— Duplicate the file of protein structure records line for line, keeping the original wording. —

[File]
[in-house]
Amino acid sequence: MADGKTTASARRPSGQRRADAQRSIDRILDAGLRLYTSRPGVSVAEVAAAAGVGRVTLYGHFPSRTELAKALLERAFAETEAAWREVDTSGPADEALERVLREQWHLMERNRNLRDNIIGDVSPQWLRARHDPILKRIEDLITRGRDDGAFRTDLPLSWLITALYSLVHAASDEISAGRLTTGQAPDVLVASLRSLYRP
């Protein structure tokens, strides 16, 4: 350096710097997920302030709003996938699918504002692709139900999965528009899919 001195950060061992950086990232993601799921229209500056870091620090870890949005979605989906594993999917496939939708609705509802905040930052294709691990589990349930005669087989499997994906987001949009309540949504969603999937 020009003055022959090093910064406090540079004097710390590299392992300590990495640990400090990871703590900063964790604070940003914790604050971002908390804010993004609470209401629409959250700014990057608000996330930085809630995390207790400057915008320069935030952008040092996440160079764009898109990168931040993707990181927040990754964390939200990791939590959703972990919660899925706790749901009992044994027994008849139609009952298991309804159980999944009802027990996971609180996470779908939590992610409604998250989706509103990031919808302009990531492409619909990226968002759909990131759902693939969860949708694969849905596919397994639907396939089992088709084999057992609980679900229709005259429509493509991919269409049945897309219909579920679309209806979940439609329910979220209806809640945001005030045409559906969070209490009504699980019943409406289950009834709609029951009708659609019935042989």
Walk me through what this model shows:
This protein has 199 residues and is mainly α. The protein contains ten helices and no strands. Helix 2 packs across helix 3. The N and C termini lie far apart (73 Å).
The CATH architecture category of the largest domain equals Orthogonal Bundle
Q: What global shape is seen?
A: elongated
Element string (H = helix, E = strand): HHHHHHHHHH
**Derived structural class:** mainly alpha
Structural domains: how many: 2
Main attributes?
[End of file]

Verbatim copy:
[in-house]
Amino acid sequence: MADGKTTASARRPSGQRRADAQRSIDRILDAGLRLYTSRPGVSVAEVAAAAGVGRVTLYGHFPSRTELAKALLERAFAETEAAWREVDTSGPADEALERVLREQWHLMERNRNLRDNIIGDVSPQWLRARHDPILKRIEDLITRGRDDGAFRTDLPLSWLITALYSLVHAASDEISAGRLTTGQAPDVLVASLRSLYRP
């Protein structure tokens, strides 16, 4: 350096710097997920302030709003996938699918504002692709139900999965528009899919 001195950060061992950086990232993601799921229209500056870091620090870890949005979605989906594993999917496939939708609705509802905040930052294709691990589990349930005669087989499997994906987001949009309540949504969603999937 020009003055022959090093910064406090540079004097710390590299392992300590990495640990400090990871703590900063964790604070940003914790604050971002908390804010993004609470209401629409959250700014990057608000996330930085809630995390207790400057915008320069935030952008040092996440160079764009898109990168931040993707990181927040990754964390939200990791939590959703972990919660899925706790749901009992044994027994008849139609009952298991309804159980999944009802027990996971609180996470779908939590992610409604998250989706509103990031919808302009990531492409619909990226968002759909990131759902693939969860949708694969849905596919397994639907396939089992088709084999057992609980679900229709005259429509493509991919269409049945897309219909579920679309209806979940439609329910979220209806809640945001005030045409559906969070209490009504699980019943409406289950009834709609029951009708659609019935042989």
Walk me through what this model shows:
This protein has 199 residues and is mainly α. The protein contains ten helices and no strands. Helix 2 packs across helix 3. The N and C termini lie far apart (73 Å).
The CATH architecture category of the largest domain equals Orthogonal Bundle
Q: What global shape is seen?
A: elongated
Element string (H = helix, E = strand): HHHHHHHHHH
**Derived structural class:** mainly alpha
Structural domains: how many: 2
Main attributes?